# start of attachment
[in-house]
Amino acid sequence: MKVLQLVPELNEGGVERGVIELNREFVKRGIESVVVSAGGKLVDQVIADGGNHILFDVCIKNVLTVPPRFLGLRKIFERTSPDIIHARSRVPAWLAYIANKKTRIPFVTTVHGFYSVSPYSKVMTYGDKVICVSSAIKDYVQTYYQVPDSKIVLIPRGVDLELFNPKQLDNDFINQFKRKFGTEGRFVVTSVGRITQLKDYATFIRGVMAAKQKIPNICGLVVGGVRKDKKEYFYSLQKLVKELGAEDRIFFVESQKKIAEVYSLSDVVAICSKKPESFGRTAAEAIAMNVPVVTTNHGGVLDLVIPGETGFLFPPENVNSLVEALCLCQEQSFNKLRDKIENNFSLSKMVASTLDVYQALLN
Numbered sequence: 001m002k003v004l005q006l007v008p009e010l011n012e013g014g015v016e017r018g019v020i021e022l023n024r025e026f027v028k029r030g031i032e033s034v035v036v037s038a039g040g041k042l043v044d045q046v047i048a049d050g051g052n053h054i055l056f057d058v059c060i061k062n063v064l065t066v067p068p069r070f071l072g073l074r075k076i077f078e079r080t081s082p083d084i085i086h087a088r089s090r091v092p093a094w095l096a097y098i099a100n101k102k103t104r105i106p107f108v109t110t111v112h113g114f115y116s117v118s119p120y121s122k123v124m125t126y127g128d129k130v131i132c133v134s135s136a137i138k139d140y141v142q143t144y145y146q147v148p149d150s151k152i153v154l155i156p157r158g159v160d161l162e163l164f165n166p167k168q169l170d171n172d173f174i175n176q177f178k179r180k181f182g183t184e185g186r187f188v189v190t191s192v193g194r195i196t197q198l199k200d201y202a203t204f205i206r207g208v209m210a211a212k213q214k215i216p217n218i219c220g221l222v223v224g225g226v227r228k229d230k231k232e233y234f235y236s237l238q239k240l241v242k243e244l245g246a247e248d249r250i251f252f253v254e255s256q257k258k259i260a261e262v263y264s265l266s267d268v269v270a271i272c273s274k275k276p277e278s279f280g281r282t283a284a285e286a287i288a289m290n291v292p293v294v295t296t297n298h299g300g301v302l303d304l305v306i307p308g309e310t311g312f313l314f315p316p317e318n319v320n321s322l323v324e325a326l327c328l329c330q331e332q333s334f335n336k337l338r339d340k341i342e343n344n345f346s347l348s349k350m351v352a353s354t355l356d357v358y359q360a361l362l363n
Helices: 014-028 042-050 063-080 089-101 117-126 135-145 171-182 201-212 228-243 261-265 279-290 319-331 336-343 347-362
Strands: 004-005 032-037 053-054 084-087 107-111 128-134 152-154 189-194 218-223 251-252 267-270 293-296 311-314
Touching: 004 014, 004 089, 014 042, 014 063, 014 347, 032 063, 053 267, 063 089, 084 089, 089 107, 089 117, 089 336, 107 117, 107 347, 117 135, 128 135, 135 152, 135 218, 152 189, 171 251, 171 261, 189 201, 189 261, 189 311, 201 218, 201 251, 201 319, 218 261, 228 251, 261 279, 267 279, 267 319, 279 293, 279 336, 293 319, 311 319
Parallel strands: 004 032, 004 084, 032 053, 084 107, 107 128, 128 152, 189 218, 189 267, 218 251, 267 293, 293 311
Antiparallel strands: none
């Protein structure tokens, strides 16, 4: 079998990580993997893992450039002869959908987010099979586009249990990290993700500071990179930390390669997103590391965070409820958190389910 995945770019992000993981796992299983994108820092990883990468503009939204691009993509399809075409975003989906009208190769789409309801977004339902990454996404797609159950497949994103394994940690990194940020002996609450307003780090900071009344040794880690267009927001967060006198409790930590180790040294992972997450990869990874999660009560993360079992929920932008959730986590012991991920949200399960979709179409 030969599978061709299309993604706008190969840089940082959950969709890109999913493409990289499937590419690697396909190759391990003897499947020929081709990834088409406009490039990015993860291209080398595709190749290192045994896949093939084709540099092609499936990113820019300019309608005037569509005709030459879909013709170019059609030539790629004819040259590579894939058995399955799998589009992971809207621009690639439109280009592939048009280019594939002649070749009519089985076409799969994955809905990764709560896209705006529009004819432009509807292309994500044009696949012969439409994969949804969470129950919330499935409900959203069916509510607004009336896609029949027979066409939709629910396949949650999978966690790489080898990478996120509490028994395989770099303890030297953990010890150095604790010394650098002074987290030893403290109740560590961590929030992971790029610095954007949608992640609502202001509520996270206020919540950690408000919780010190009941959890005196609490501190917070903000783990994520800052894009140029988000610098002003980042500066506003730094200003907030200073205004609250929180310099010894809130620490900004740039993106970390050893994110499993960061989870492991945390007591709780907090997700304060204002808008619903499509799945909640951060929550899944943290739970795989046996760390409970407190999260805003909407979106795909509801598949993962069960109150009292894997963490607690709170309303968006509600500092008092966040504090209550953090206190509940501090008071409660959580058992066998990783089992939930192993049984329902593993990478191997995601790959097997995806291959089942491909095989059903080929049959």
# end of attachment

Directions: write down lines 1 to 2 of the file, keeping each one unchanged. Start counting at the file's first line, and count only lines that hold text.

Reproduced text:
[in-house]
Amino acid sequence: MKVLQLVPELNEGGVERGVIELNREFVKRGIESVVVSAGGKLVDQVIADGGNHILFDVCIKNVLTVPPRFLGLRKIFERTSPDIIHARSRVPAWLAYIANKKTRIPFVTTVHGFYSVSPYSKVMTYGDKVICVSSAIKDYVQTYYQVPDSKIVLIPRGVDLELFNPKQLDNDFINQFKRKFGTEGRFVVTSVGRITQLKDYATFIRGVMAAKQKIPNICGLVVGGVRKDKKEYFYSLQKLVKELGAEDRIFFVESQKKIAEVYSLSDVVAICSKKPESFGRTAAEAIAMNVPVVTTNHGGVLDLVIPGETGFLFPPENVNSLVEALCLCQEQSFNKLRDKIENNFSLSKMVASTLDVYQALLN